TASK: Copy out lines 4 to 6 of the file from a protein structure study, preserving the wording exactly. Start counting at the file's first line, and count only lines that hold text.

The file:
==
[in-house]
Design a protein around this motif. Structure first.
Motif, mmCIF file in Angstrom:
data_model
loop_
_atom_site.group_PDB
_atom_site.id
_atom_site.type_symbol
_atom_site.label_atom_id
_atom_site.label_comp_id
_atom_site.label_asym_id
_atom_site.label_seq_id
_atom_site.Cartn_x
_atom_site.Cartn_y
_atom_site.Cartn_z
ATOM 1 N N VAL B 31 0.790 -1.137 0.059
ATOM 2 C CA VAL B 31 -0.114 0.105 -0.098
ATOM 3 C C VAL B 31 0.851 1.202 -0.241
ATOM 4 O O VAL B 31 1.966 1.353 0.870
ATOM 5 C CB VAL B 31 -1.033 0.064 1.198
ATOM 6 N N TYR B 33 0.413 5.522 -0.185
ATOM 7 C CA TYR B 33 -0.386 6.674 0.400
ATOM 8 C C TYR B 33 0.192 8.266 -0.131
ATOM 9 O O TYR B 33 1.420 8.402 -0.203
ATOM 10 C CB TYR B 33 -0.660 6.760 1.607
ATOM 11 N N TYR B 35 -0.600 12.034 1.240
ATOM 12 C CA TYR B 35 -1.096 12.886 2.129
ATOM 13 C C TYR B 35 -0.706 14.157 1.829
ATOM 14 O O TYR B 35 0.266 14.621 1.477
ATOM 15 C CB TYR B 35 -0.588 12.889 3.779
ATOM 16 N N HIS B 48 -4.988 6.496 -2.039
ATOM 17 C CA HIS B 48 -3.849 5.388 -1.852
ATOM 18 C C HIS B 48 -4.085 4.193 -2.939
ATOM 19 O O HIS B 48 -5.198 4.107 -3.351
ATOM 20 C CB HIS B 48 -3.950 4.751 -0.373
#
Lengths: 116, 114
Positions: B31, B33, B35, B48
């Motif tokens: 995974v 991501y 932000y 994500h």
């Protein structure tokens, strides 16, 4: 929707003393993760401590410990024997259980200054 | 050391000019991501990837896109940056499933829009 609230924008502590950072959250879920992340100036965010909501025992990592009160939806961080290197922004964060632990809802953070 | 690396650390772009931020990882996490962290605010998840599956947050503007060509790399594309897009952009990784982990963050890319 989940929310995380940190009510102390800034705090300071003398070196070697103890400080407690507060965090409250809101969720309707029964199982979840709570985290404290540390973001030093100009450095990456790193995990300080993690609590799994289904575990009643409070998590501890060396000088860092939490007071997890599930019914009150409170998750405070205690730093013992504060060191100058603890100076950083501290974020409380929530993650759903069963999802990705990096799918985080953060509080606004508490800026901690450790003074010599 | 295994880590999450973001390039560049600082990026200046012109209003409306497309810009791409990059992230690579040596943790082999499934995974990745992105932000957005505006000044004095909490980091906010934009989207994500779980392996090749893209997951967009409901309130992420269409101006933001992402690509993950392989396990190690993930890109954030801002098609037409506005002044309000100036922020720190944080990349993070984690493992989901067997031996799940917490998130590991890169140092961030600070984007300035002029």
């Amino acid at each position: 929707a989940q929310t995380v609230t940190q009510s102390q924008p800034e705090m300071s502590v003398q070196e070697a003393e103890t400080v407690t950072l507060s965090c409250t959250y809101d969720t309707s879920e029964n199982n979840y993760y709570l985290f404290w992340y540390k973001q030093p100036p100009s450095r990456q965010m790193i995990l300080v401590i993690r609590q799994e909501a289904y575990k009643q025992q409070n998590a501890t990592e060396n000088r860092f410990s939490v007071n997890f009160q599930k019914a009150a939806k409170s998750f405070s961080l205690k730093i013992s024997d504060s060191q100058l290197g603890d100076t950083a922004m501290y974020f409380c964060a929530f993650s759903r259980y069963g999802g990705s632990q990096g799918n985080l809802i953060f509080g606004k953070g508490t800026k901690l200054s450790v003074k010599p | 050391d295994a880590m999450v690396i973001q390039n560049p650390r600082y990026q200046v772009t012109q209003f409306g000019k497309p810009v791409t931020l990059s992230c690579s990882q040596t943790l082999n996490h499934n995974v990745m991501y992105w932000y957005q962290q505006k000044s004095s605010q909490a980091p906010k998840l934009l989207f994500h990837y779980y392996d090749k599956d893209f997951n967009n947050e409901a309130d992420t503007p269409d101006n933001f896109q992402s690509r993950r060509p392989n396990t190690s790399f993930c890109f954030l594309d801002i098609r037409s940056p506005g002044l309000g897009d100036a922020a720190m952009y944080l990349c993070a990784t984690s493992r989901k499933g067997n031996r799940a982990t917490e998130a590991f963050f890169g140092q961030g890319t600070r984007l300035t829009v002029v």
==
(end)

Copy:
data_model
loop_
_atom_site.group_PDB